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Last Updated: Wednesday, 20 March, 2002, 09:29 GMT
Rights issues explained

What is a rights issue?

If you're a shareholder in a listed company, you could be offered the chance to buy new shares in the company. This is known as a rights issue.

Why do they happen?

Like any share sale, rights issues are a way for a company to raise money without having to borrow it.

Instead you, the shareholder, are asked to provide the extra capital, which might be used for expansion, a takeover or to prevent the company going bust.

Even if you choose to do nothing at all, you are still in line for some money

By offering current shareholders the first chance to buy the new shares the company gives them a chance to maintain their percentage stake in the company.

If new shares were issued directly to the stock market it would dilute the ownership of current shareholders.

How many can I buy?

You are usually offered a set number of new shares for every original share you own.

The new shares should be sold at a fixed discounted price that is below the current market price.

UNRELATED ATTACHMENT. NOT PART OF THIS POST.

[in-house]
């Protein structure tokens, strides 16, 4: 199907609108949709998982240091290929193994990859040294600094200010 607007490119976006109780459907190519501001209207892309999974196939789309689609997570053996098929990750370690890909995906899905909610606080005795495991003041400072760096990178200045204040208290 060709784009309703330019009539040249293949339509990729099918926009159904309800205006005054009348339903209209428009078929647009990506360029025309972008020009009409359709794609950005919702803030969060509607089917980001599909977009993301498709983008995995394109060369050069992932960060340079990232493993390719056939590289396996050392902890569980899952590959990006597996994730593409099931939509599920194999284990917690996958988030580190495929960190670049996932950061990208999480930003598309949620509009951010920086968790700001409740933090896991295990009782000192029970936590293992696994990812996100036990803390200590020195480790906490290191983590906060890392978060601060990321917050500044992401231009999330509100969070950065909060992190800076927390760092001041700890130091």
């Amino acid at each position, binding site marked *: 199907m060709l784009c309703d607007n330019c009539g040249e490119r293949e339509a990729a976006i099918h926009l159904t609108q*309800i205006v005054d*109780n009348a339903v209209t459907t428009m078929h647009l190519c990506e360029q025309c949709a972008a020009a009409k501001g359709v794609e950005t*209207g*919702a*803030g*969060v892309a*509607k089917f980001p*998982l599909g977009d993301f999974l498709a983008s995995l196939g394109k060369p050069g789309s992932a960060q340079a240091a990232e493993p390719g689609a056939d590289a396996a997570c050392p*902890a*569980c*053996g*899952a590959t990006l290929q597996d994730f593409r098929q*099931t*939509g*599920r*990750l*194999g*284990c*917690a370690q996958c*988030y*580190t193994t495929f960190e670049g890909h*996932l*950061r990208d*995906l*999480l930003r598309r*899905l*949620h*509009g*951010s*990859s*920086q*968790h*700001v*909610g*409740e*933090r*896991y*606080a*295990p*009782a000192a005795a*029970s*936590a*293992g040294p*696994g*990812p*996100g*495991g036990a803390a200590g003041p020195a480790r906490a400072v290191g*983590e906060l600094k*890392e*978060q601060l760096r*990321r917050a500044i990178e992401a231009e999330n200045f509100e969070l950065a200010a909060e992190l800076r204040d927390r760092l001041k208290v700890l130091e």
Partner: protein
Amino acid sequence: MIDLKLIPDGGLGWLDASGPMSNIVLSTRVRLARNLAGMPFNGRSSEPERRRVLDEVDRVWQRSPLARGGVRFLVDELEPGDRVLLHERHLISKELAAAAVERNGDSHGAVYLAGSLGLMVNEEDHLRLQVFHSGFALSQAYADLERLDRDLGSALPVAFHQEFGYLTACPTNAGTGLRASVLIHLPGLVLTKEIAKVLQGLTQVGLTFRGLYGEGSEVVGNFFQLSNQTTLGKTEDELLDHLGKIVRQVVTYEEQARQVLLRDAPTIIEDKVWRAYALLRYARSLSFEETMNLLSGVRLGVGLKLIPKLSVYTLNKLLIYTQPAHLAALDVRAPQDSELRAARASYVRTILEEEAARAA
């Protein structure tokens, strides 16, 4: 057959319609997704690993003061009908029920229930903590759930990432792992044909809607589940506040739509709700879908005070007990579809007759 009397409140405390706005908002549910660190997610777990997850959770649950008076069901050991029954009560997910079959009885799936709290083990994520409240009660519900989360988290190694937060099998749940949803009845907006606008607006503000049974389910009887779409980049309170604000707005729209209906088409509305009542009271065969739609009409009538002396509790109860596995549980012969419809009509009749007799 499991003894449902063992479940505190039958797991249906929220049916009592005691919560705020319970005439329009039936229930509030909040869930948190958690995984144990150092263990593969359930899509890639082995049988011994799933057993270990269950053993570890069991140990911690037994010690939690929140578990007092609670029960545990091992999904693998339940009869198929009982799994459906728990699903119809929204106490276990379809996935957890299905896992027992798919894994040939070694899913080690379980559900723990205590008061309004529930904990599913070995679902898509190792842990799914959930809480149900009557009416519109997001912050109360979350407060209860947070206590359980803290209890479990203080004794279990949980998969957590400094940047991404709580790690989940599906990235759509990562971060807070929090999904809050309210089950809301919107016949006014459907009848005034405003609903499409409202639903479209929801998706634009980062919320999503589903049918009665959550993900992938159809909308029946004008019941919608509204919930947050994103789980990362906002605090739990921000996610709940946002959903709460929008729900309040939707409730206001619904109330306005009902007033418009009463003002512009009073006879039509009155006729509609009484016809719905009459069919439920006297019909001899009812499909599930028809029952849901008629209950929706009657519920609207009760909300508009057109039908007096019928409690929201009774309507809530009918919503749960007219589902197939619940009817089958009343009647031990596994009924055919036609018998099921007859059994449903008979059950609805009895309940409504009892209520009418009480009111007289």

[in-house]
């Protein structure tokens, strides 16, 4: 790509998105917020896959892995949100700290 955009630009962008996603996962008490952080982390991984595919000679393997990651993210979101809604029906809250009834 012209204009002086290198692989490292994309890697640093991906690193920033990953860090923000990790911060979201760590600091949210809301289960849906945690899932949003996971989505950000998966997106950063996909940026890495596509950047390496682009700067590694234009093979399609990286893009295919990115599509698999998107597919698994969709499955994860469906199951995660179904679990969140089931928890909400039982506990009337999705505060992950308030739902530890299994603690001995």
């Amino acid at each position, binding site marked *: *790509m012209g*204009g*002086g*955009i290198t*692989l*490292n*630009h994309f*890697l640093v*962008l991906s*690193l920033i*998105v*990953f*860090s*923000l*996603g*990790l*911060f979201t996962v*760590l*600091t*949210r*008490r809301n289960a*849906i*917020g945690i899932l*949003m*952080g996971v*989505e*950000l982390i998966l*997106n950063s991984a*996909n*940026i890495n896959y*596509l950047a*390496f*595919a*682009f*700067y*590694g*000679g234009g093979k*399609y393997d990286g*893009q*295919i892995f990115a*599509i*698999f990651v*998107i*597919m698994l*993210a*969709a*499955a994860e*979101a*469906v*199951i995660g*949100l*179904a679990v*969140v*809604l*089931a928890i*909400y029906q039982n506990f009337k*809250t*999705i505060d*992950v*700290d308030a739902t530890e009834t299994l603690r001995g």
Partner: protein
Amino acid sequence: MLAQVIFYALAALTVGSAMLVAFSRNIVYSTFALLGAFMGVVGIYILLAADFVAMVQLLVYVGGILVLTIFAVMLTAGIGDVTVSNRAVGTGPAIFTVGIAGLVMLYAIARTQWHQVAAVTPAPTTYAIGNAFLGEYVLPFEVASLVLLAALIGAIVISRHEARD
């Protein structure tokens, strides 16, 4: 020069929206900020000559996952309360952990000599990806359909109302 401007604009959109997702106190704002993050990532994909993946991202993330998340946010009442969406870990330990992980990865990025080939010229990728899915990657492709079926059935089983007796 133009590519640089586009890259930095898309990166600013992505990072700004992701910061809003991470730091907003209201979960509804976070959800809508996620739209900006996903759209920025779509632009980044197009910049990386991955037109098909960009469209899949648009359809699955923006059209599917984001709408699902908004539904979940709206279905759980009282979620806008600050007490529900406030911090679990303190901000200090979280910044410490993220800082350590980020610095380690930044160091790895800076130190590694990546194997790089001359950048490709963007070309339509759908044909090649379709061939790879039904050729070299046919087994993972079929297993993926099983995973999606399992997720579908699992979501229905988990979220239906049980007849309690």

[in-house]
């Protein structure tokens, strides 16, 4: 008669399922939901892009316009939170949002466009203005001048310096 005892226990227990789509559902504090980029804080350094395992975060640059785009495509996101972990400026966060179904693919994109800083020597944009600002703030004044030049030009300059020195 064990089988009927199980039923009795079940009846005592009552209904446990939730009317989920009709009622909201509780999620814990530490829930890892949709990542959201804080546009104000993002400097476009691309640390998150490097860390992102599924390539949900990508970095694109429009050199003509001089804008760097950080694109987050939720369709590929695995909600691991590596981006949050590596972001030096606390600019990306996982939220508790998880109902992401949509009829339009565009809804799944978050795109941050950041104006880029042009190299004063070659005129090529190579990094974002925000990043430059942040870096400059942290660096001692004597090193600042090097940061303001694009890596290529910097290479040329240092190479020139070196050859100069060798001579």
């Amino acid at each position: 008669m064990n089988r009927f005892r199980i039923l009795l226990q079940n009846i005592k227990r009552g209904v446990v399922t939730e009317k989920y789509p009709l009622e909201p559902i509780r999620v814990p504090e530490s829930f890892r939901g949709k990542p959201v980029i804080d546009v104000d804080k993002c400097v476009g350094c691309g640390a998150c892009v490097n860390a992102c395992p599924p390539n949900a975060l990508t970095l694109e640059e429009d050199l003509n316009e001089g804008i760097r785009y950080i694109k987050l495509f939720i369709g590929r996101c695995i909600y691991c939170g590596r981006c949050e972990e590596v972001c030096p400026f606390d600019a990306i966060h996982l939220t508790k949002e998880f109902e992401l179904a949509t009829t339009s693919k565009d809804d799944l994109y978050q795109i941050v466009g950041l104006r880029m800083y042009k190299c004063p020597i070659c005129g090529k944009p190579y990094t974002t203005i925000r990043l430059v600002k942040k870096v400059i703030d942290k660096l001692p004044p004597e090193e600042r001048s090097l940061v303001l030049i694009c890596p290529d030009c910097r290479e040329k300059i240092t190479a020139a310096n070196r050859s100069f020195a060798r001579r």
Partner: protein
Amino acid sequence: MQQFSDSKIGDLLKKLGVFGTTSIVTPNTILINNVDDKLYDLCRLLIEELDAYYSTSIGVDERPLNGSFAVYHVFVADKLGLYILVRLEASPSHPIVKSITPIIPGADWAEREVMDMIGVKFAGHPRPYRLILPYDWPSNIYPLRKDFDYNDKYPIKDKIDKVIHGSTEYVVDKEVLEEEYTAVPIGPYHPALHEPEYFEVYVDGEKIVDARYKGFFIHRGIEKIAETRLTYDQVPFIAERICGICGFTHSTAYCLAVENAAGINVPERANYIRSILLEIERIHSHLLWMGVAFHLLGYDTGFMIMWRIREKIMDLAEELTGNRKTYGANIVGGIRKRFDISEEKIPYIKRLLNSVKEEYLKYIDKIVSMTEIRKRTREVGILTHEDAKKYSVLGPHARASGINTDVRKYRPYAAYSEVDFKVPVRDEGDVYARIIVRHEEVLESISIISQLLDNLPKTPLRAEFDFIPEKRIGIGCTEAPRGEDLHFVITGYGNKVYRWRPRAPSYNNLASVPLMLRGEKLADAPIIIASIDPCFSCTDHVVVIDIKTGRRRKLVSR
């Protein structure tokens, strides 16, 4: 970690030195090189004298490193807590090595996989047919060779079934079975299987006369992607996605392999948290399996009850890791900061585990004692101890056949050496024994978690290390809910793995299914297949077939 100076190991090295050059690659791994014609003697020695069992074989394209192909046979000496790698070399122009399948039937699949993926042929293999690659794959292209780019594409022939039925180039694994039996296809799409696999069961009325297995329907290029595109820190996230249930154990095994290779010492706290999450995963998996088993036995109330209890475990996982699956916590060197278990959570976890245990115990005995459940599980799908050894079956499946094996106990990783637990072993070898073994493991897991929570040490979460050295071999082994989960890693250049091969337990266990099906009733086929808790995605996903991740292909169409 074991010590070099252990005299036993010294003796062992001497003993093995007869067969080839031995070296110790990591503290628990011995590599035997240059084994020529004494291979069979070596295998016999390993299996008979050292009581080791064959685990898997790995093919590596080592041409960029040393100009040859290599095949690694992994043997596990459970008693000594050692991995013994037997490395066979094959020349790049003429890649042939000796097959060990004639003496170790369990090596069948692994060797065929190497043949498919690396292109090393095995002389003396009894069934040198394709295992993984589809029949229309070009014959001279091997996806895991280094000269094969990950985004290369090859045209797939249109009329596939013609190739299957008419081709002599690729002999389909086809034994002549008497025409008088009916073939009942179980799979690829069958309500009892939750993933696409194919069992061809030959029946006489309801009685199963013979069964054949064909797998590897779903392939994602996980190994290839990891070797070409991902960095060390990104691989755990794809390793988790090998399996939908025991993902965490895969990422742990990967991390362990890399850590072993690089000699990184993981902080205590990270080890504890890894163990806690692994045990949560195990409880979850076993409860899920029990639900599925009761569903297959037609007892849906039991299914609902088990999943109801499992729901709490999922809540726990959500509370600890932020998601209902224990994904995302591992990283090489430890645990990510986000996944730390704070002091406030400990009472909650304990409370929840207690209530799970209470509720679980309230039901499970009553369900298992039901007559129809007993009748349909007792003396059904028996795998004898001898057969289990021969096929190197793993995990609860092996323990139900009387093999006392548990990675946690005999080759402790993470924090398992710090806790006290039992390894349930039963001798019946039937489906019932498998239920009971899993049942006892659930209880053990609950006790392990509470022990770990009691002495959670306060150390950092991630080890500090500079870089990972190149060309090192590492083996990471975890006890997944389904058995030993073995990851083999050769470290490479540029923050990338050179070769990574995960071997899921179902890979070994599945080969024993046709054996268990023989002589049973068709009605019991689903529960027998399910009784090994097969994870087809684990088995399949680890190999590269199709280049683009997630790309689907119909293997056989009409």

How will I know about the offer?

As a shareholder you should receive a "provisional allotment letter", giving you all the details of the shares you can buy.

Do I have to buy the new shares?

You can choose to buy all, some or none of these new shares.

If you opt not to buy the shares then you can still sell your rights to buy the shares. To do this you will have to notify the company and they will sell the rights on your behalf.

Even if you choose to do nothing at all, you are still in line for some money. Once a rights issue has lapsed your company will automatically assume you wanted to sell your rights and you will get the proceeds of that sale minus the costs.

But be warned - the chances are you will get less money if you do nothing than if you actively opt to sell your rights.

Should I buy the shares?

It's up to you.

Remember, taking up the rights will increase your personal exposure to the company. Make sure you are comfortable with this and that it fits in with your investment aims.

You might choose to buy the discounted shares if you believe that the share price will go up, making you a profit. But if the share price falls below the rights subscription price, it would be cheaper to buy the new shares on the open market and not take up your rights Issue.

What happens if I hold the shares through a fund?

You should check with your broker or plan provider as soon as possible on what options they are allowing.


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